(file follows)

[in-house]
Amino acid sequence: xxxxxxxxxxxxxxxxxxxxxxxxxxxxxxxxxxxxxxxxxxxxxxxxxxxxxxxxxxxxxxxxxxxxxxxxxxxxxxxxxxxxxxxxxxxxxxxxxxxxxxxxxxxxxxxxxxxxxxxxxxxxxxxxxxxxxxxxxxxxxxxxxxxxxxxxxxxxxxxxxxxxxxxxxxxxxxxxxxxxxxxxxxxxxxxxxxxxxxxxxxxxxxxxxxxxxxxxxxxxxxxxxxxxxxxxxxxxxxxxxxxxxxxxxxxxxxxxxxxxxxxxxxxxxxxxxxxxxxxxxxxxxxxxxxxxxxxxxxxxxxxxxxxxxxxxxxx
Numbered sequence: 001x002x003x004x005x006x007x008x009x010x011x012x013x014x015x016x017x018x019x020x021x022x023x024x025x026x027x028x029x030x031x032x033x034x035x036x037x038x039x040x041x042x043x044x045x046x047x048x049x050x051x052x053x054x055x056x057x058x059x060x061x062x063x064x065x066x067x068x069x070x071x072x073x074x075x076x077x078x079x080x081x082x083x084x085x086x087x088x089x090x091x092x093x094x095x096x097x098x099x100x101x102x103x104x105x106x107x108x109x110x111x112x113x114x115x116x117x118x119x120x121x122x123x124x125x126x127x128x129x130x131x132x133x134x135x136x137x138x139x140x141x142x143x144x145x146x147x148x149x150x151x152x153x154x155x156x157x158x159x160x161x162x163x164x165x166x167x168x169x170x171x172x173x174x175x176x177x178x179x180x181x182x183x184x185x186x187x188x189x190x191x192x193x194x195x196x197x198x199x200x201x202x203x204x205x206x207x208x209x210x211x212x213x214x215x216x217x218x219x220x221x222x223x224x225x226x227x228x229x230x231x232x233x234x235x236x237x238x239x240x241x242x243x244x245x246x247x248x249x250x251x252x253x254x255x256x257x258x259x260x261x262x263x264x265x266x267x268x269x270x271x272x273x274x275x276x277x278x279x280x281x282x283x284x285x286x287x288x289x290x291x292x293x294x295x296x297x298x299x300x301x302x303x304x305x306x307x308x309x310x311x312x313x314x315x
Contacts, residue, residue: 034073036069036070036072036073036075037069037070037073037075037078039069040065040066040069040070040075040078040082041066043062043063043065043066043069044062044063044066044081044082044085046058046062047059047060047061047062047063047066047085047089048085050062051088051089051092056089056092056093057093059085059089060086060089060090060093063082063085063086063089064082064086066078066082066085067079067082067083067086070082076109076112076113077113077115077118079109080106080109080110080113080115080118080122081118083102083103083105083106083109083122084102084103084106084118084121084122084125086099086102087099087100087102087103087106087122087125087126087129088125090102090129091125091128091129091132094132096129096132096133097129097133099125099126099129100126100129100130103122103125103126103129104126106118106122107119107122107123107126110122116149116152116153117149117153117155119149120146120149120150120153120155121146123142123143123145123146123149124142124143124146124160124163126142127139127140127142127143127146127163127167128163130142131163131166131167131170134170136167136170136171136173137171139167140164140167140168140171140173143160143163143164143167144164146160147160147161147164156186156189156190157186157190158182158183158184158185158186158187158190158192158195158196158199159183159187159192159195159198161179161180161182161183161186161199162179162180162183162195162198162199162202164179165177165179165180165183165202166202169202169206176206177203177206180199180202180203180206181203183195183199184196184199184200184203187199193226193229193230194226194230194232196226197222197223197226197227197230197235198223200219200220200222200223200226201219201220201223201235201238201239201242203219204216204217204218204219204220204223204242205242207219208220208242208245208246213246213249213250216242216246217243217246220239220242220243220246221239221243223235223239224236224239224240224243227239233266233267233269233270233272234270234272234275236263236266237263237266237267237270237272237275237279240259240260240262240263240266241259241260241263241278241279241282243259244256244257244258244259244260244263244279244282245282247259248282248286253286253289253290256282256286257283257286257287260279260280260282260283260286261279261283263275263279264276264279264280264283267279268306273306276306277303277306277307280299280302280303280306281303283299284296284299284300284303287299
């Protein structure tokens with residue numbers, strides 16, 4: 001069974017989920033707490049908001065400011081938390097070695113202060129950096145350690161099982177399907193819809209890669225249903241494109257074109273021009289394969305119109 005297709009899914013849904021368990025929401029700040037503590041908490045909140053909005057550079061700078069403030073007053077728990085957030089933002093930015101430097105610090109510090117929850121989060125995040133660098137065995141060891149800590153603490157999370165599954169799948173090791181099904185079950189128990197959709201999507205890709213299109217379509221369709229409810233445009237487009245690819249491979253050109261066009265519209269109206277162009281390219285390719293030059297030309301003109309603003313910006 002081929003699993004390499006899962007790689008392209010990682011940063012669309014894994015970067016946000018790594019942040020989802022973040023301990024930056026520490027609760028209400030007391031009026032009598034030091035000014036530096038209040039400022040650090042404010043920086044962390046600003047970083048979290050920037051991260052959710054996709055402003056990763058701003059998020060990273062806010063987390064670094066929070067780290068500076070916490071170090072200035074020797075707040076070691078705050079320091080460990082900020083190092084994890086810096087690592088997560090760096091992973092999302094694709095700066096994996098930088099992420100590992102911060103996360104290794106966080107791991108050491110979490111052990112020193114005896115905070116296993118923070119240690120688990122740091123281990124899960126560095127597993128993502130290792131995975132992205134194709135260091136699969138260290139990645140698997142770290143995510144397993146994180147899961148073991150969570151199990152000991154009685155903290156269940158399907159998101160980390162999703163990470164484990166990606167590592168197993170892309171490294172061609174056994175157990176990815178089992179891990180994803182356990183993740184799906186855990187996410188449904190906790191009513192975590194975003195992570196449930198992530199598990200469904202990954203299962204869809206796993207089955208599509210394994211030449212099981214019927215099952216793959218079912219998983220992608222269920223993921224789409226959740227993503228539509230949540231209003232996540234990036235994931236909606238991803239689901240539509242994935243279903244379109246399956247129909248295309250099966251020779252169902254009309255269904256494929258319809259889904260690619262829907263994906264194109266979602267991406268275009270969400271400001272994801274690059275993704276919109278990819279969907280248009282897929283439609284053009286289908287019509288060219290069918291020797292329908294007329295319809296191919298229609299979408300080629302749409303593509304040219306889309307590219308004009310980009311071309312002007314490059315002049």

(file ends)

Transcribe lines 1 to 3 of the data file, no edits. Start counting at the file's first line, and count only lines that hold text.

[in-house]
Amino acid sequence: xxxxxxxxxxxxxxxxxxxxxxxxxxxxxxxxxxxxxxxxxxxxxxxxxxxxxxxxxxxxxxxxxxxxxxxxxxxxxxxxxxxxxxxxxxxxxxxxxxxxxxxxxxxxxxxxxxxxxxxxxxxxxxxxxxxxxxxxxxxxxxxxxxxxxxxxxxxxxxxxxxxxxxxxxxxxxxxxxxxxxxxxxxxxxxxxxxxxxxxxxxxxxxxxxxxxxxxxxxxxxxxxxxxxxxxxxxxxxxxxxxxxxxxxxxxxxxxxxxxxxxxxxxxxxxxxxxxxxxxxxxxxxxxxxxxxxxxxxxxxxxxxxxxxxxxxxxx
Numbered sequence: 001x002x003x004x005x006x007x008x009x010x011x012x013x014x015x016x017x018x019x020x021x022x023x024x025x026x027x028x029x030x031x032x033x034x035x036x037x038x039x040x041x042x043x044x045x046x047x048x049x050x051x052x053x054x055x056x057x058x059x060x061x062x063x064x065x066x067x068x069x070x071x072x073x074x075x076x077x078x079x080x081x082x083x084x085x086x087x088x089x090x091x092x093x094x095x096x097x098x099x100x101x102x103x104x105x106x107x108x109x110x111x112x113x114x115x116x117x118x119x120x121x122x123x124x125x126x127x128x129x130x131x132x133x134x135x136x137x138x139x140x141x142x143x144x145x146x147x148x149x150x151x152x153x154x155x156x157x158x159x160x161x162x163x164x165x166x167x168x169x170x171x172x173x174x175x176x177x178x179x180x181x182x183x184x185x186x187x188x189x190x191x192x193x194x195x196x197x198x199x200x201x202x203x204x205x206x207x208x209x210x211x212x213x214x215x216x217x218x219x220x221x222x223x224x225x226x227x228x229x230x231x232x233x234x235x236x237x238x239x240x241x242x243x244x245x246x247x248x249x250x251x252x253x254x255x256x257x258x259x260x261x262x263x264x265x266x267x268x269x270x271x272x273x274x275x276x277x278x279x280x281x282x283x284x285x286x287x288x289x290x291x292x293x294x295x296x297x298x299x300x301x302x303x304x305x306x307x308x309x310x311x312x313x314x315x